When Paul wanted to explain to the Ephesian Christians what it means to reach maturity in Christ, he uses a term that strictly has no English equivalent. Instead of sincere womanthe Greek noun for "truth," alētheia, he employs the corresponding Greek verb, alētheuō, which literally translated would mean "to truth someone."

I suppose you could translate it "to tell the truth" or "to speak the truth," which is in fact the translation we encounter in most English version of this verse, Eph. 4:15: "Instead, speaking the truth in love, we will in all things grow up into Him who is the Head, that is Christ." But it's possible that "truthing one another" means something more.

Alētheuō might suggest communicating truth in all of the others ways besides just words, such as (to name a few): body language, intonation, facial expression, actions (which "speak louder than words"), intentions, attitude, and spending habits ("put your money where your mouth is"). In his article on truth for the New International Dictionary of New Testament Theology, A. C. Thiselton comment about the use of alētheuō in Eph. 4:15: "It is possible that alētheuō here entails integrity of life in addition to truthful speech" (3:887).

Look at the context. In contrast to the charlatans who, in their cunning and craftiness, deceive people with their teaching, Paul anticipates a time when Christians have the maturity to be so open and honest with each other, they "truth" one another--they invest all that they are in what they are saying. Their sincerity is unimpeachable.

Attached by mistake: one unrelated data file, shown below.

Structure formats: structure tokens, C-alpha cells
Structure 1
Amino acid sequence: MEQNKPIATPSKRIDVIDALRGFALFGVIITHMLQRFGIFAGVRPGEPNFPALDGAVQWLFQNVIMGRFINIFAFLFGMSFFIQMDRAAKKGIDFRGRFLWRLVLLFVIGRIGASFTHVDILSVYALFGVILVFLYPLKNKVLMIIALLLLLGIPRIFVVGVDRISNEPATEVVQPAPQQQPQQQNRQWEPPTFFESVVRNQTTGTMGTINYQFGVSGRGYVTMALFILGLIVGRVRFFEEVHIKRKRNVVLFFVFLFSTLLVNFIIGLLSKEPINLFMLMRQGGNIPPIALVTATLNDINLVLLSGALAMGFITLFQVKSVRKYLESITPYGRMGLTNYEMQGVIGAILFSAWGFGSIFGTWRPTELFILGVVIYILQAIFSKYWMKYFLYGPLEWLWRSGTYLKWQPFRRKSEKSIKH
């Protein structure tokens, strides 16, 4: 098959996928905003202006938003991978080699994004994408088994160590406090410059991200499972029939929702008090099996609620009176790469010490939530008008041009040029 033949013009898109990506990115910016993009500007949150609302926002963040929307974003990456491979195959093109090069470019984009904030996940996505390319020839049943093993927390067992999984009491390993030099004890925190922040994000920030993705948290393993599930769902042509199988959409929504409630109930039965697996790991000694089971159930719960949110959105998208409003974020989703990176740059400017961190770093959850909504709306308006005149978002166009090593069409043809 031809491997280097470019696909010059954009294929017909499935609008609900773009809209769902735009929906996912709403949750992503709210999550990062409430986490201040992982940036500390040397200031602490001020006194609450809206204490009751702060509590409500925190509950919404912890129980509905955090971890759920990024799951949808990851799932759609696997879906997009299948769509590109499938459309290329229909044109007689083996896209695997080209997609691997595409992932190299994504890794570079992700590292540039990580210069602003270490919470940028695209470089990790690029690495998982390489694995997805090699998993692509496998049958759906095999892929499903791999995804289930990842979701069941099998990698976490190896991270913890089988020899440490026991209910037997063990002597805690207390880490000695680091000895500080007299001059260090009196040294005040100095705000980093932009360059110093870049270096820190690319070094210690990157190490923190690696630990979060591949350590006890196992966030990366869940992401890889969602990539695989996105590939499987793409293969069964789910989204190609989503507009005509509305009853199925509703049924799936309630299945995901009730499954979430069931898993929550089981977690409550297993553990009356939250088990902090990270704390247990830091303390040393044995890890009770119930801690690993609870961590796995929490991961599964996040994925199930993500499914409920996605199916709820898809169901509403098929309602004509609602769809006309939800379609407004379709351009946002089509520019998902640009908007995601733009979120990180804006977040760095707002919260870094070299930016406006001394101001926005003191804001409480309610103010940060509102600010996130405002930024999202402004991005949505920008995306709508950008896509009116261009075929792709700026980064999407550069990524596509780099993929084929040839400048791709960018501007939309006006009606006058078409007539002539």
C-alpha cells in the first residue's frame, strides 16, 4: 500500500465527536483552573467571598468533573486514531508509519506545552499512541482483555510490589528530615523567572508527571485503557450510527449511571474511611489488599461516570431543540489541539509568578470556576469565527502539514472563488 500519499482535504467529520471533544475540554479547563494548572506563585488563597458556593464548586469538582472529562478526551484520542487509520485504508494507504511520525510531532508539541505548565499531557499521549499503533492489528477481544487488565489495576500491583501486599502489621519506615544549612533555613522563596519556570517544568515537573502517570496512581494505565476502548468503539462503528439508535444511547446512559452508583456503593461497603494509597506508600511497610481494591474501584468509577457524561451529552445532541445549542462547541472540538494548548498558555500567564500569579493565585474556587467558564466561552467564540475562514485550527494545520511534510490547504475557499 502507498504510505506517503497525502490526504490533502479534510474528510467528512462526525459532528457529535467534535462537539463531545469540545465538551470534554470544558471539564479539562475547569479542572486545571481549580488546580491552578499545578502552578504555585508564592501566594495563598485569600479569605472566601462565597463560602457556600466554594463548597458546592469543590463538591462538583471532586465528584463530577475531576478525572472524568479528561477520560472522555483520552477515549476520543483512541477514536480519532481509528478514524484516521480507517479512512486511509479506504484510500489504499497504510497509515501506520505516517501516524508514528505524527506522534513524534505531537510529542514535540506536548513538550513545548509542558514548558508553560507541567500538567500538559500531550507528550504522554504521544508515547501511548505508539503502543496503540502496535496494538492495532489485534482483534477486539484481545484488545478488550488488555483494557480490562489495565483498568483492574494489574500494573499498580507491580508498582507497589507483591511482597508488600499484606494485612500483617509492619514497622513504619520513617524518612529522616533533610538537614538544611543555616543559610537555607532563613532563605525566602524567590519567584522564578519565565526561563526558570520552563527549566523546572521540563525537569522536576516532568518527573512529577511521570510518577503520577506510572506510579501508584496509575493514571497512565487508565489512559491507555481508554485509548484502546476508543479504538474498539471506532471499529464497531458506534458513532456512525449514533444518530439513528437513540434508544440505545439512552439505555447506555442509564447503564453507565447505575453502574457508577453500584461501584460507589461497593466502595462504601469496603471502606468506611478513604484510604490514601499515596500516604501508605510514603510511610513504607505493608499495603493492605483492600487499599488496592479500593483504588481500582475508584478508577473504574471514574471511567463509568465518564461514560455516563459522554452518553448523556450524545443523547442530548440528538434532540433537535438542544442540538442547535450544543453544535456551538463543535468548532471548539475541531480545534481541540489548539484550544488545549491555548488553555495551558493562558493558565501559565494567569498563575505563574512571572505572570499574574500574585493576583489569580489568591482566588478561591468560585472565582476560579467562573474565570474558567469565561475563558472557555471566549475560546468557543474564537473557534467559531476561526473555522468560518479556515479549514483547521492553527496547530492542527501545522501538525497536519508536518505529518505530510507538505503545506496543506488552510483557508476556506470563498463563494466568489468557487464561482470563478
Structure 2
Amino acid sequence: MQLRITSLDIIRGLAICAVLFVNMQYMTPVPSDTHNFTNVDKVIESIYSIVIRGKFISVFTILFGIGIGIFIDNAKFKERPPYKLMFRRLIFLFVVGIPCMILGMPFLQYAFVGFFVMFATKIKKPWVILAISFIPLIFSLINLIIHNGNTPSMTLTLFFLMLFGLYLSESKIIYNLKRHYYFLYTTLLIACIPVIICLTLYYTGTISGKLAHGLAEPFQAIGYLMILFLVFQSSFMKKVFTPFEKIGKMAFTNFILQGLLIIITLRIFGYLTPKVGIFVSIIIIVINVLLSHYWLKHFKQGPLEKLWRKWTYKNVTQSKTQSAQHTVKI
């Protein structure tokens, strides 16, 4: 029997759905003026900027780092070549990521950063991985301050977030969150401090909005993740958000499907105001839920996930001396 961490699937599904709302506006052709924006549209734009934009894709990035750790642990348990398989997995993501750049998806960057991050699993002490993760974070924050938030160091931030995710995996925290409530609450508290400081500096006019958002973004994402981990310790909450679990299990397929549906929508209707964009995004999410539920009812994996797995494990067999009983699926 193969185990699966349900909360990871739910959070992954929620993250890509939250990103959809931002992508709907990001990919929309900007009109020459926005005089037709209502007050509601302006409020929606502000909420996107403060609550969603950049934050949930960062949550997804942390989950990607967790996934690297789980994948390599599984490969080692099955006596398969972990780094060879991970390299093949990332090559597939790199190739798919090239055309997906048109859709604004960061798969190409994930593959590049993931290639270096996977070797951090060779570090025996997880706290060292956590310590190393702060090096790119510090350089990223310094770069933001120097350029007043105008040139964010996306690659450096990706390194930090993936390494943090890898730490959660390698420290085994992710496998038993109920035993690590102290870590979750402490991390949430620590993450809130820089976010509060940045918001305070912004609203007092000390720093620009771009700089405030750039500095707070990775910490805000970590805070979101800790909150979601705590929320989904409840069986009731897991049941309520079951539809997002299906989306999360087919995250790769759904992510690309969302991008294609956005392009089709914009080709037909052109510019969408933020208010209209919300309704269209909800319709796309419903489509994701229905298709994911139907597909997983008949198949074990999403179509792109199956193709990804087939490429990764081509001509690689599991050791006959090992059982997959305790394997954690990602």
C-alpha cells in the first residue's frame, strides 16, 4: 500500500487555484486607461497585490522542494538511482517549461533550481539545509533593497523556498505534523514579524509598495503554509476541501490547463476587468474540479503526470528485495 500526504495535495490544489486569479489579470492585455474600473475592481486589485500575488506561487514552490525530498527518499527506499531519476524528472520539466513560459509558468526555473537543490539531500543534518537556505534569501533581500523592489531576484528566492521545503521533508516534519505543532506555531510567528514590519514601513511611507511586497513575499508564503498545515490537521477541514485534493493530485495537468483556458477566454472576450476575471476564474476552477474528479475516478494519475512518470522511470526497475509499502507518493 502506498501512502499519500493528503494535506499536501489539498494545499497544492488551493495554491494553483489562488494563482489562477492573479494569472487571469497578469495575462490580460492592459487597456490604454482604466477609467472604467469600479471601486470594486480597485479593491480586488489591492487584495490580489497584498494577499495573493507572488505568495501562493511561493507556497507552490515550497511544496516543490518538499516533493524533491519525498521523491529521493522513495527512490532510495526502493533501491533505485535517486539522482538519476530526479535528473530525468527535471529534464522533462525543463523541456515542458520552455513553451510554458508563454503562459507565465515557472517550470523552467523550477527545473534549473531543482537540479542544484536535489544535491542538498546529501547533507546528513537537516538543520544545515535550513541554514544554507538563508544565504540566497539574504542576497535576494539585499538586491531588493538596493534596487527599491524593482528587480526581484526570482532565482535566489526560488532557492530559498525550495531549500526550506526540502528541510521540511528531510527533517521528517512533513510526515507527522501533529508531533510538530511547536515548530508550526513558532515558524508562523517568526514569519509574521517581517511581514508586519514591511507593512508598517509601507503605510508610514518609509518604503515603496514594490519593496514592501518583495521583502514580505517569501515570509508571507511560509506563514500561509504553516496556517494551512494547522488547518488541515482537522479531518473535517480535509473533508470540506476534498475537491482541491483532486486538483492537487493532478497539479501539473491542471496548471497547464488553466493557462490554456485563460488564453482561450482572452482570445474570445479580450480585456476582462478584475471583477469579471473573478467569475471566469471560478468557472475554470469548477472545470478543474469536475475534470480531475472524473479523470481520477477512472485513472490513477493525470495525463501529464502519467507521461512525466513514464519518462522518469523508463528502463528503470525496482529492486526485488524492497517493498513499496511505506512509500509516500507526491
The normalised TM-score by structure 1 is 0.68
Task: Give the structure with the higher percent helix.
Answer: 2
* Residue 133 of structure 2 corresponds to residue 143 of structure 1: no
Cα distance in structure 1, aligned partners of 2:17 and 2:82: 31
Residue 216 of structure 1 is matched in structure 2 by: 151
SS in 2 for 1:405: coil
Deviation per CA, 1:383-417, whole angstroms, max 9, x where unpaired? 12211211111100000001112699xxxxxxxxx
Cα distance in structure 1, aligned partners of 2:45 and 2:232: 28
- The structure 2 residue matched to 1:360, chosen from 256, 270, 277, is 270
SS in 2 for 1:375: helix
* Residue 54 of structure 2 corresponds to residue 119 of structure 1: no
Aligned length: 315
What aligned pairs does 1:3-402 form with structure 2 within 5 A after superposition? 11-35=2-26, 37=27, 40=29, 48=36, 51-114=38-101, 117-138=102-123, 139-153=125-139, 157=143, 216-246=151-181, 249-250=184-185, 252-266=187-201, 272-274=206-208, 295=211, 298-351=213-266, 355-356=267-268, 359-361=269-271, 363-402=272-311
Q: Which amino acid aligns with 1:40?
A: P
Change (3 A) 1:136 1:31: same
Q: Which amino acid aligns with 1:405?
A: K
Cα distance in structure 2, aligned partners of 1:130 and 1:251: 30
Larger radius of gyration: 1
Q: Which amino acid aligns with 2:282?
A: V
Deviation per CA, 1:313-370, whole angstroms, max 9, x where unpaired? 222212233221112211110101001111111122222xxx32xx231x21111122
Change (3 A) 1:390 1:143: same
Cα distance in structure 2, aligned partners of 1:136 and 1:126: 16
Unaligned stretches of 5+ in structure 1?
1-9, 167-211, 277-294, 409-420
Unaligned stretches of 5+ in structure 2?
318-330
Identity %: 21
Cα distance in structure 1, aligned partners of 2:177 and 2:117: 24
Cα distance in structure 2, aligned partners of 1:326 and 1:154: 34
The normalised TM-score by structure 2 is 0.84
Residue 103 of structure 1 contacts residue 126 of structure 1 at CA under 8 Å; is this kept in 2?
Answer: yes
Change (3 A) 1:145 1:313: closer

The only other time this verb occurs in the New Testament is in Gal. 4:16, where Paul asks, "Have I now becoming your enemy by truthing to you?" Once more, the idea in context suggests telling the truth in a that goes far beyond words. The Galatian opponents of Paul were telling lies to win over his converts. Paul refused to mince words; he truthed them. This was the best proof he had that his deep friendship with them was unbroken.

God wants all of His children to "truth" to one another. He wants us to be honest through and through, to have a unquestionable consistency between our lip, our heart, and our life. That's what it takes to reflect the image of His Son, Jesus Christ, who once "truthed" this: "I am the way, and the truth, and the life" (John 14:6).

Want to go deeper?

Do you own Bible word study on the related terms "truth" and "true." When does "true" actually mean "real," and when is it closer to "faithful"? You will discover some great texts, like John 8:32, "You will know the truth and the truth will set you free." What does Jesus mean by this promise? Is He speaking about truth in general, or some specific truth? Ask probing questions of other verses you will find.

berger_truthRecommended to purchase:

Daniel Berger. Speaking the Truth in Love: Christian Public Rhetoric (2007).

Approaches public communication from a liberal arts point of view and provides a distinctly Christian perspective of rhetoric. Written and oral rhetoric are interwoven throughout the text. Two foundational ideas control the majority of the text. The first is from Plato's Phaedrus as stated by Paul in Ephesians 4:15, "speaking the truth in love." The second is from the Apostle Peter in 1 Peter 4:11, "if anyone speaks, he should do it as one speaking the very words of God."

The spiritual responsibility of communicating truth in accordance with the nature of God, especially the virtue of love, is an awesome privilege and opportunity. Sound content spoken or written eloquently with charisma will enable words to have a maximum impact. Beginning with a philosophy of language, meaning, and interaction, argument is built against secular deconstructive thought where everyone has a different truth based on language. Alongside philosophy we explore ethics and theology from an evangelical perspective. Following this a brief history outlines rhetorical thought from pre-testament classics to today. Based upon these ideas we take a closer look at communication theory as it relates to public communication.

Recommended for online reading:

Henry Ward Beecher. "Sovereignty & Permanence of Love," 117-134 (esp. 121), in his The Sermons of Henry Ward Beecher in Plymouth Church, Brooklyn (7th series, 1871-1872).